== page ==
Critical Media Analysis in Teacher Education: Exploring Language-Learners’ Identity Through Mediated Images of a Non-Native Speaker of English
AbstractMedia literacy education has become increasingly present in curricular initiatives around the world as media saturate our cultural environments. For second-language teachers and teacher educators whose practice centers on language, communication, and culture, the need to address media as a pedagogical site of critique is imperative. In this article, I introduce critical media analysis (CMA) as a tool that cultivates discussion of language-learners’ identities as they are shaped by popular media. I present CMA in the context of critical language studies and communication theories that situate language in social and political landscapes. I describe a hybrid (quantitative/qualitative) approach to CMA as I apply it to a non-native speaker of English (NNSE) character from an internationally successful Hollywood film. I describe representations that “symbolically colonize” (Molina-Guzmán, 2010) the NNSE as lower class, lower status, and comfortably positioned as subordinate to his native-speaker counterparts. I then share examples of how students use CMA to further explore media cultivation of social attitudes toward language-learning, language policies, and NNSE identity. Overall, this article offers second-language teacher educators a theoretically informed model of analysis that engages TESL professionals as active participants in their media-saturated environments.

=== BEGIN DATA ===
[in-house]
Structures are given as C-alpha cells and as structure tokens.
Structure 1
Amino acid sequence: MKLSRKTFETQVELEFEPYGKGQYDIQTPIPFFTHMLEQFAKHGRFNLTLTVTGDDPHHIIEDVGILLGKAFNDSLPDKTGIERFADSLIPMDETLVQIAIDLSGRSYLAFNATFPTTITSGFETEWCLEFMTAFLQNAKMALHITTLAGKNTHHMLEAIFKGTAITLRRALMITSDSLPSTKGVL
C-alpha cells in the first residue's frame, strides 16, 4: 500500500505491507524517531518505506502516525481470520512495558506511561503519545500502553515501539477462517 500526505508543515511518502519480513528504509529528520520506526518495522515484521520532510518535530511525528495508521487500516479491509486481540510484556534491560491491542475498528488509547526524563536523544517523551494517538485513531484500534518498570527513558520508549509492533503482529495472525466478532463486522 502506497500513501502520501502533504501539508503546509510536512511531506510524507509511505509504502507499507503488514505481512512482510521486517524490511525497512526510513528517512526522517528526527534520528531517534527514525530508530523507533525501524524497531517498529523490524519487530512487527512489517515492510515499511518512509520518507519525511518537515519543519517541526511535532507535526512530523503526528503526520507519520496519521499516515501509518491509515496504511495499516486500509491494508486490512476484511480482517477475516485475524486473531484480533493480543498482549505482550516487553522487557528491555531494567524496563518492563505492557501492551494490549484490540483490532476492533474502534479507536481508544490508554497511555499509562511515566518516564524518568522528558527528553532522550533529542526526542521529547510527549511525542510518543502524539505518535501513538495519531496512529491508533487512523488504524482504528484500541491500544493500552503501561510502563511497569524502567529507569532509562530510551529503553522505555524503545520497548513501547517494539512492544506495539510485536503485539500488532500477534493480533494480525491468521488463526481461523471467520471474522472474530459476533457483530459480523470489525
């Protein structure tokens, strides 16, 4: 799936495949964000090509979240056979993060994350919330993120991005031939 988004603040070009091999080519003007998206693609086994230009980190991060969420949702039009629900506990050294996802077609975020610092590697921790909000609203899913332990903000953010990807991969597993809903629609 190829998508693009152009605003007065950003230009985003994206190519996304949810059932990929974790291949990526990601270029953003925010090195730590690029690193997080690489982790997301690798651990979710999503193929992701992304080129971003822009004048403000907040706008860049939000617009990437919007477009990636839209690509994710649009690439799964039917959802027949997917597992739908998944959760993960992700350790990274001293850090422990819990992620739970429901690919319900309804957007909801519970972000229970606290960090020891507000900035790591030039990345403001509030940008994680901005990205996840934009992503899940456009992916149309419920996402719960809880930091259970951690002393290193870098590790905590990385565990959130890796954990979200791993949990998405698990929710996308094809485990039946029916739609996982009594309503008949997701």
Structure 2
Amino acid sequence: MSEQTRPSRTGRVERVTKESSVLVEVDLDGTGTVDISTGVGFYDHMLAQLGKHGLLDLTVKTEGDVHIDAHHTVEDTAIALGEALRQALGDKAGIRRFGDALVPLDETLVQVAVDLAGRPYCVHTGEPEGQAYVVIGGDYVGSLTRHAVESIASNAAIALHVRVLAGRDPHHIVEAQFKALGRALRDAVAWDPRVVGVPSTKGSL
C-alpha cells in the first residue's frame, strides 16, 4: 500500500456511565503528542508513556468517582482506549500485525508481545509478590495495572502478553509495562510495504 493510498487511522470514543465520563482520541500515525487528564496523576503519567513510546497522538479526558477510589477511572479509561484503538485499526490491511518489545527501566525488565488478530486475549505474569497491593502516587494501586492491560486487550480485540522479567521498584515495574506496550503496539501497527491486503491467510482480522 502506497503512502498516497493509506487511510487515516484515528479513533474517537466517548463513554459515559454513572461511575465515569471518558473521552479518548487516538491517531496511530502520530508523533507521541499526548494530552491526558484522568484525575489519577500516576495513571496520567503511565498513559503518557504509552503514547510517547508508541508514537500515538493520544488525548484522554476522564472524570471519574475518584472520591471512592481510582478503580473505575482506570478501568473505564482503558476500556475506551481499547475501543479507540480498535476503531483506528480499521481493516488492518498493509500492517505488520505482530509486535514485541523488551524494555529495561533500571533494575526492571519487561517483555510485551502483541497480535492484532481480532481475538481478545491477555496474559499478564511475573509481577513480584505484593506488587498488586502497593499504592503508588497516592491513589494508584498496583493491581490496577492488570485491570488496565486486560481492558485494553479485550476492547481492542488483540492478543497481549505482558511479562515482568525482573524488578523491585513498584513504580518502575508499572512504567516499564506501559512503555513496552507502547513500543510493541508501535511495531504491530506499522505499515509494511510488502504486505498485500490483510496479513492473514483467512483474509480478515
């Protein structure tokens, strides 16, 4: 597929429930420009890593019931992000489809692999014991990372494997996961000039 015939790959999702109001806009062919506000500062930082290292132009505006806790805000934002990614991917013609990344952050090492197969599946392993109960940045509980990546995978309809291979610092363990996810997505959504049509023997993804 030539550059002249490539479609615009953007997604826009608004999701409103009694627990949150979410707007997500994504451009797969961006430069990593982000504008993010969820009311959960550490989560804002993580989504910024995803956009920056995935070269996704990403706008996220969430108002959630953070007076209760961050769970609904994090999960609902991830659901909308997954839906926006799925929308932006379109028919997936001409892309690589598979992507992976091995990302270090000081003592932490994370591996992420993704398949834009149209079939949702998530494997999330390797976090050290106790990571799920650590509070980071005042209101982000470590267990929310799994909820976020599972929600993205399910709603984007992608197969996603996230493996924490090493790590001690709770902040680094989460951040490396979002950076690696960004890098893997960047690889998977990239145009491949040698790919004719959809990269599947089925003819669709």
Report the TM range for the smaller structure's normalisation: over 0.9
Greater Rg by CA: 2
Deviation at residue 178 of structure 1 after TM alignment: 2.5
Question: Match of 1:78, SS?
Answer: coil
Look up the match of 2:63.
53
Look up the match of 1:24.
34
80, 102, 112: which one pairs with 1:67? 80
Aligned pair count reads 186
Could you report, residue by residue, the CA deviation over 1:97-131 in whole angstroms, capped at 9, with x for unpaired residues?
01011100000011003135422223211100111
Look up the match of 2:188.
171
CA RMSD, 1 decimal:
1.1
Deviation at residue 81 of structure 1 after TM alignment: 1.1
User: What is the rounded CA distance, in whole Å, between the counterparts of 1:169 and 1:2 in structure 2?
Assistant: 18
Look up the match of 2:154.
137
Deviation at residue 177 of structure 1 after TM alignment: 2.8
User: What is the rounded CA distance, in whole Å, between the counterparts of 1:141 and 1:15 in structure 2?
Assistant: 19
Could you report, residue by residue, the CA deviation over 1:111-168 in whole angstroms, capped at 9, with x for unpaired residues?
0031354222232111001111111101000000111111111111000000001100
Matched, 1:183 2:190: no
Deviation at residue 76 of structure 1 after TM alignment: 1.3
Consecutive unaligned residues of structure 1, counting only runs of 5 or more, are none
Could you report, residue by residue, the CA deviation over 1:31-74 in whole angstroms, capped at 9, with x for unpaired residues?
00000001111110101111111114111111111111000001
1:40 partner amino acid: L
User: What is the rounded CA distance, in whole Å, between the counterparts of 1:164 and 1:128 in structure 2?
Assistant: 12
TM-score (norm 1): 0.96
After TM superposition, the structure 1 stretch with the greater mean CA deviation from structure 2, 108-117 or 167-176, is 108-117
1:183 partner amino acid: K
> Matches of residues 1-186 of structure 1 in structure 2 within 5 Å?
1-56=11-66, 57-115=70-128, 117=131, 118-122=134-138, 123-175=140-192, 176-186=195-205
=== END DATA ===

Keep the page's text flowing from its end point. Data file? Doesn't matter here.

How to Cite
Chamberlin-Quinlisk, C. (2012). Critical Media Analysis in Teacher Education: Exploring Language-Learners’ Identity Through Mediated Images of a Non-Native Speaker of English. TESL Canada Journal, 29(2), 42. https://doi.org/10.18806/tesl.v29i2.1099